Friday, August 25, 2006

What seemed like a serious but by no means life-threatening incident at The Oval last weekend has now escalated into a full-on catastrophe for international cricket.

The revelation that Darrell Hair offered to resign his position as an ICC umpire in return for a one-off payment of half a million dollars is just staggering. I'm not entirely sure what the ICC's reasoning was for making the e-mail public as they must have known what would happen.

Last week, Darrell Hair was damaged by the allegation that his actions were unwise, although not against the rules, when he changed the ball without speaking to Pakistan skipper Inzamam-ul-Haq and, to be blunt, a little bit childish when he refused to come back out on to the field of play following Pakistan's protest. But there's a world of difference between being damaged, and possibly not being picked for matches that involve teams from the subcontinent, and the situation we now find ourselves in whereby he surely cannot continue as a professional Test umpire under any circumstances.

Not to put too fine a point on it, he has lost his moral authority and that is the cornerstone of an umpire's position. Every player now knows that Hair has a price. We're used to allegations involving players - anything from match-fixing to providing information about the pitch to bookmakers has been thrown in the past. But umpires must be seen as incorruptible. I can see it now - if he were ever to stand as an umpire again, the first time he turns down an appeal for lbw, he will get the question from the fielding side 'well, how much do you want to give it out?'

That situation is intolerable and Hair's position is now untenable. His offer to step down will surely now be granted - but he won't walk off into the sunset with half a million dollars, just the last tattered remnants of what used to be his reputation.

Last song on the iPod: The Divine Comedy - A Lady Of A Certain Age

Wednesday, August 16, 2006

Found a list of 'top 10 books on the darker side of adolescence' in the Guardian archives the other day. Unsurprisingly, Golding's 'Lord of the Flies' sits proudly at number 1 but I was pleasantly taken aback to see DBC Pierre's 'Vernon God Little' make the top 10.

It's one of the best new novels I've read in the last few years and I'd recommend it to anyone. A deserving winner of the Booker Prize in 2003 - check it out!
Following last week's alleged foiling of a 'terror plot' (is no modern news story complete without the 'T' word?), it's difficult to escape the feeling that the general public is simply very very sceptical about this kind of story in the light of the public relations disasters that have been the shooting of Jean Charles de Menezes and Forest Gate.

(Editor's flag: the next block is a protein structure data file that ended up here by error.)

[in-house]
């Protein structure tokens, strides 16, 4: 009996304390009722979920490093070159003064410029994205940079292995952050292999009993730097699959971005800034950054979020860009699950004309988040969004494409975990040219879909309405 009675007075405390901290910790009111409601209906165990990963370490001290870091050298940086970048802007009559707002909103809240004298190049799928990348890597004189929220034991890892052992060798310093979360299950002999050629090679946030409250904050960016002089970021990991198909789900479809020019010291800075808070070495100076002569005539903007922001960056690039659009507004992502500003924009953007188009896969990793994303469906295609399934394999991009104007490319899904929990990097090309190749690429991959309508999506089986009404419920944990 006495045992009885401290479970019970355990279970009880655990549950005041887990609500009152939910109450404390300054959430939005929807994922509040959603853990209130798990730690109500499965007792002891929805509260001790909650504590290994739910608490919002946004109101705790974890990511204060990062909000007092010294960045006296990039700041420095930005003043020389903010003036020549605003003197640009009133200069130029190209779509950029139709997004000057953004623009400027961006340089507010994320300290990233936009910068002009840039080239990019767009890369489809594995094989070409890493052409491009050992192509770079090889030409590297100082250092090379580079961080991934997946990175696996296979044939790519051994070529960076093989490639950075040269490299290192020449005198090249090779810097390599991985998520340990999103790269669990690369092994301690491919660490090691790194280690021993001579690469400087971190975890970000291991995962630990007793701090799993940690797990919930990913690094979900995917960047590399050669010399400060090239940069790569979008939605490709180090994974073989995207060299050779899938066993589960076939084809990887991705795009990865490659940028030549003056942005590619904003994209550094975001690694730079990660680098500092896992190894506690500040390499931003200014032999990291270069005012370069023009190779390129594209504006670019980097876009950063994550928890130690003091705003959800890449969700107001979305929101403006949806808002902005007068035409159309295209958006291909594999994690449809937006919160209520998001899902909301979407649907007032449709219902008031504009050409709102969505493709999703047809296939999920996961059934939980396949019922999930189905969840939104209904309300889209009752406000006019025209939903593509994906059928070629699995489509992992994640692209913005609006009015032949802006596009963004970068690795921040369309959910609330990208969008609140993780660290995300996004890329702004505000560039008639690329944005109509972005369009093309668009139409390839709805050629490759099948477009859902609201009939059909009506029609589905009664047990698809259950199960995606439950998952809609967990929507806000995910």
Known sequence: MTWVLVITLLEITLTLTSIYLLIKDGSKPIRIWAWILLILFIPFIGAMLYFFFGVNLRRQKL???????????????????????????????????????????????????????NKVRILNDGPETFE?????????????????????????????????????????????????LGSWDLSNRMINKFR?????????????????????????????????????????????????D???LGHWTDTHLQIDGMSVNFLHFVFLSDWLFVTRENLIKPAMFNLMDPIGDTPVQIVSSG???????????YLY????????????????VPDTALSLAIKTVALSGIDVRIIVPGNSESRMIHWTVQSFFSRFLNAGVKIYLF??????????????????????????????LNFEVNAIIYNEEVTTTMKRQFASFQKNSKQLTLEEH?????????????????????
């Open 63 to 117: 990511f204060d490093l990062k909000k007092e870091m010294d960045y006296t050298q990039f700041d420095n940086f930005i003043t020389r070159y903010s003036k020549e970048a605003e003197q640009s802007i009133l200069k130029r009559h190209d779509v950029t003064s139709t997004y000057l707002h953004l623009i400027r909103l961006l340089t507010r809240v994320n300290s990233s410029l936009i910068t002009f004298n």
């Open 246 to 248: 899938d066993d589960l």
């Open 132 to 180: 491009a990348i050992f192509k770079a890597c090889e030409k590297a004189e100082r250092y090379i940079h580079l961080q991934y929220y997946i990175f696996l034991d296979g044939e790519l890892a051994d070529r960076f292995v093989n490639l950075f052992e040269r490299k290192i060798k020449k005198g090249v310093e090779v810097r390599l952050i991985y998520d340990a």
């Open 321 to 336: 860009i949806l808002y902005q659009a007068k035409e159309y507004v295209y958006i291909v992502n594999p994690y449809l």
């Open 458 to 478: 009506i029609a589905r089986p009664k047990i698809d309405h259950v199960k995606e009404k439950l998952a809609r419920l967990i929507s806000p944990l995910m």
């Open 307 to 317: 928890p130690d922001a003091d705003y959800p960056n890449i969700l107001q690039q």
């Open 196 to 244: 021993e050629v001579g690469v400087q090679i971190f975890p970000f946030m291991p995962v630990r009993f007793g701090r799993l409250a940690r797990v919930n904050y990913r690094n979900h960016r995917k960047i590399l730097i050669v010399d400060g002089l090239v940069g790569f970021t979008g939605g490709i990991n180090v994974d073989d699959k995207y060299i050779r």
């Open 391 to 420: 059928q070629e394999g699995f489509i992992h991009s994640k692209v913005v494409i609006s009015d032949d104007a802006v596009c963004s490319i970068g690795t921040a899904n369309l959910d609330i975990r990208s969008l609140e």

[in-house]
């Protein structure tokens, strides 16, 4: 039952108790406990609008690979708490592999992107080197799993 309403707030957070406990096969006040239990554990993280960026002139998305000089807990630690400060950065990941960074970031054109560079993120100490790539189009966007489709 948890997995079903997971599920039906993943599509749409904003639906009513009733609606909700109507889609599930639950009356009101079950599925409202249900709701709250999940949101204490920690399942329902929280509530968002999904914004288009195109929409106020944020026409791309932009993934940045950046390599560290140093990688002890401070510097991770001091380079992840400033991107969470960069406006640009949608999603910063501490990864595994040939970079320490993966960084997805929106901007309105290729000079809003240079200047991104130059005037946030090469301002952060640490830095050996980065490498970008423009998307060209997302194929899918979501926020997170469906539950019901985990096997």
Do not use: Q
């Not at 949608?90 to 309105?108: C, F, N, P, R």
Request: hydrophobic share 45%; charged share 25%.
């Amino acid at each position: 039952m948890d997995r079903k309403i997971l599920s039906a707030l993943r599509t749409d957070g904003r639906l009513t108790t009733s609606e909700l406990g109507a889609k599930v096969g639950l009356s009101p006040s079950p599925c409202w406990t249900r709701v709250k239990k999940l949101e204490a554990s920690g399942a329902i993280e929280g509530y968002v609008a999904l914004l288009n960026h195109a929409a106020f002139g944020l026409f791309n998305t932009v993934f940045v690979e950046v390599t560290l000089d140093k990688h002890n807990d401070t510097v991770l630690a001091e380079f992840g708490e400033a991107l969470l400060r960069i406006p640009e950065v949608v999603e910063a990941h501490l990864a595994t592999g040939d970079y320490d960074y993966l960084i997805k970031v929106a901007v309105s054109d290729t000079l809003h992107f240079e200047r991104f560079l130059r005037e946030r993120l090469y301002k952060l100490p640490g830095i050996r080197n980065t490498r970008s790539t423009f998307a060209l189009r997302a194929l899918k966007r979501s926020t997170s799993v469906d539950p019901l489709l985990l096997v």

Scotland Yard and the Government need to be as transparent as possible about how this situation came about, without compromising the security services. People have been misled, ignored and simply lied to for so long that their first thought when a story like this breaks is no longer 'how terrible, we are prepared to put up with any inconvenience to protect our safety and support the police' but 'what are they trying to achieve by staging this?' Is it to convince us of the need for ID cards or other security measures that compromise our hard-fought liberties, or to try to shore up support for their wars in the Middle East by insisting that there are hundreds of cells full of Western-hating Islamists ready to unleash their fury on us?

And that's a dangerous game. Scotland Yard may find that, by crying wolf once too often, they're not taken seriously if and when the apocalypse really does arrive.....

Thursday, August 10, 2006

Tonight is the first opportunity to see the Perseid meteor shower in the eastern sky. The best nights are rumoured to be tomorrow and Saturday for a look at one of the most dependable meteor showers of the year.

Check them out from around 10pm onwards each night until around 15th August - it's usually well worth it.

Last song on the iPod: Beastie Boys - No Sleep Till Brooklyn
An emotional farewell to my good friend and colleague Mr Todd tomorrow as he leaves the office to go back to college and study art and design.

It's been a thoroughly enjoyable 20 months working together - conversation topics have ranged from the drift towards the centre in British politics and corresponding lack of ideology to whether a Jaffa Cake, despite its name, is really more of a biscuit than a cake.

It'll certainly be quieter and less fun in the office now - although it may be more productive - and I really wish him every success in his new career.

Good luck for the future Toddy, and don't you dare be a stranger.

Last song on the iPod: The Rolling Stones - You Can't Always Get What You Want

Sunday, August 06, 2006

A successful sporting weekend indeed. Yesterday, HVCC completed a routine win over rock-bottom Bristol 3rd XI. Most of the Bristol lads were 16 or under and our biggest opponent was complacency. There appeared to be plenty of that as we allowed them to race to 50-1 in a flat, subdued atmosphere but we managed to pull it round and dismiss them for 121 before racing to the target in under 20 overs.

I felt sorry for them, having to trek out to an away game knowing they would most likely be on the receiving end of a hammering. We did plenty of it last year and it's not a nice feeling. With luck, they'll be better off next year - in a lower division and they'll all be a year bigger, quicker and stronger. Good luck, lads.

More good sporting news today as CCFC launched their season with a victory over Sunderland, coming from behind to win 2-1. The Championship is really strong this year so to start with a win over a team that were in the Premiership last year, albeit hopelessly outclassed, is encouraging.